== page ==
One in five parents returned gifts before Christmas to find cheaper alternatives

Some 20% of parents are  returning gifts before Christmas Day after locating the same item for a more competitive price elsewhere.

Buying presents can be stressful, but this latest research could make it much easier
Buying presents can be stressful, but this latest research could make it much easier

The process of giving and receiving doesn’t always go according to plan, especially when trying to keep up with your budget.

One in five cautious parents are likely to return gifts they have bought even before Christmas has arrived because they found a cheaper alternative elsewhere, according to new research.

Some 20 per cent of UK parents return gifts they have purchased before the festive day according to a survey of 2,000 parents from predictive analytics firm Blue Yonder.

One in three customers return at least one gift a year after Christmas, rising to 40 per cent of millennials and falling to 20 per cent of over-55s.

According to Markus Juhr deBenedetti, chief revenue officer at Blue Yonder, parents are willing to spend more than usual to get their child the most wanted item on their wish list, and retailers should ensure their products are priced competitively to avoid returns.

“Inevitably during the festive period, demand for toys and gifts increases. Prices are driven by parents willing to go above and beyond to get their child the must-have toy for Christmas.

“What parents are willing to pay is the new standard in pricing, but retailers should be prudent to ensure their gifts are competitively priced to avoid the returns canyon,” he said.

According to another national survey conducted by mobile phone retailer e2save, part of the Dixons Carphone Group, over a third of people have had their Christmas Day ruined by a misjudged present.

The survey also revealed the top 10 toys children of the eighties and nineties wanted but never received.

Mr Frosty, the ice-lolly and slush maker popular, came out top with 46 per cent of respondents saying they wanted one but it never arrived. Other gifts missing from under the Christmas tree included the Lego Pirate Ship, Barbie’s Dream House, Furbies and Tamagotchis.

Top List of presents you never got (but wish you had)

1. Mr Frosty

2. Lego Pirate Ship

3. Barbie’s Dream House

4. Furby

5. Tamagotchi

6. Care Bears

7. Polly Pocket

8. Fisher Price Roller Skates

9. Thunder Cats figurines

10. Speak & Spell

11. Tracy Island

12. Boglin

13. Cabbage Patch Kids

​14. ​Teddy Ruxpin​

Register for free to continue reading

Registration is a free and easy way to support our truly independent journalism

By registering, you will also enjoy limited access to Premium articles, exclusive newsletters, commenting, and virtual events with our leading journalists

Please enter a valid email
Please enter a valid email
Must be at least 6 characters, include an upper and lower case character and a number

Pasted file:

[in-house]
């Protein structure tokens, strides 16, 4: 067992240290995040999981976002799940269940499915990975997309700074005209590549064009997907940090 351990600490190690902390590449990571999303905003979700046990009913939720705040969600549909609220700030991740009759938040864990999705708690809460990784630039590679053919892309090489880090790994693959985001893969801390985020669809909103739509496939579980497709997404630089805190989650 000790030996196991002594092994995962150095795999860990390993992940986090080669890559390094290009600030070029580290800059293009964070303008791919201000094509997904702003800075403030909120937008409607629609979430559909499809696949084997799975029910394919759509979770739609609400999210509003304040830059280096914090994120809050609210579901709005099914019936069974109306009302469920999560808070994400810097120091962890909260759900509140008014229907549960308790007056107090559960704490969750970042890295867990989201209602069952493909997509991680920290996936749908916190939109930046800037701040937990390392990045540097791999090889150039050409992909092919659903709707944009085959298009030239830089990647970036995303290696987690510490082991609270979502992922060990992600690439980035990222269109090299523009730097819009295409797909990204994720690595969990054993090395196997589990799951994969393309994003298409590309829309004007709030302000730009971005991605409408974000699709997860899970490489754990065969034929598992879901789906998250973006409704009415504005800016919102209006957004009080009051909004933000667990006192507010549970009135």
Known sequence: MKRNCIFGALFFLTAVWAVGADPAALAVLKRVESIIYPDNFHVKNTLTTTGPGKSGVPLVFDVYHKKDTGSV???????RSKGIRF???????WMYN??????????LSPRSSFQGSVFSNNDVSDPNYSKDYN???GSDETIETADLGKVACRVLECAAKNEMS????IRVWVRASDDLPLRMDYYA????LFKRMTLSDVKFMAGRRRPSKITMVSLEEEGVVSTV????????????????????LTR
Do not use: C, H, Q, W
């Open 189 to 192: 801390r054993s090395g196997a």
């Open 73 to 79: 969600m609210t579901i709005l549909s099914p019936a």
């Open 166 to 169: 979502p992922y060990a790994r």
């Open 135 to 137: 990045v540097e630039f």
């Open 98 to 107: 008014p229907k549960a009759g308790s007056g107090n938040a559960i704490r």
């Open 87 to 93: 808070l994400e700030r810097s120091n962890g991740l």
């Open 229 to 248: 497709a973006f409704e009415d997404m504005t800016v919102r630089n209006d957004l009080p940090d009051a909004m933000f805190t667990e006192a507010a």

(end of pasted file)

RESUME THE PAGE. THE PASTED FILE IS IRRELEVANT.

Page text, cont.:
Must be at least 6 characters, include an upper and lower case character and a number
Must be at least 6 characters, include an upper and lower case character and a number
Please enter your first name
Special characters aren’t allowed
Please enter a name between 1 and 40 characters
Please enter your last name
Special characters aren’t allowed
Please enter a name between 1 and 40 characters
You must be over 18 years old to register
You must be over 18 years old to register
Opt-out-policy
You can opt-out at any time by signing in to your account to manage your preferences. Each email has a link to unsubscribe.

By clicking ‘Create my account’ you confirm that your data has been entered correctly and you have read and agree to our Terms of use, Cookie policy and Privacy notice.

This site is protected by reCAPTCHA and the Google Privacy policy and Terms of service apply.

Already have an account? sign in

By clicking ‘Register’ you confirm that your data has been entered correctly and you have read and agree to our Terms of use, Cookie policy and Privacy notice.

This site is protected by reCAPTCHA and the Google Privacy policy and Terms of service apply.

Register for free to continue reading

Registration is a free and easy way to support our truly independent journalism

By registering, you will also enjoy limited access to Premium articles, exclusive newsletters, commenting, and virtual events with our leading journalists

Already have an account? sign in

By clicking ‘Register’ you confirm that your data has been entered correctly and you have read and agree to our Terms of use, Cookie policy and Privacy notice.

This site is protected by reCAPTCHA and the Google Privacy policy and Terms of service apply.

Join our new commenting forum

Join thought-provoking conversations, follow other Independent readers and see their replies

Comments

Thank you for registering

Please refresh the page or navigate to another page on the site to be automatically logged inPlease refresh your browser to be logged in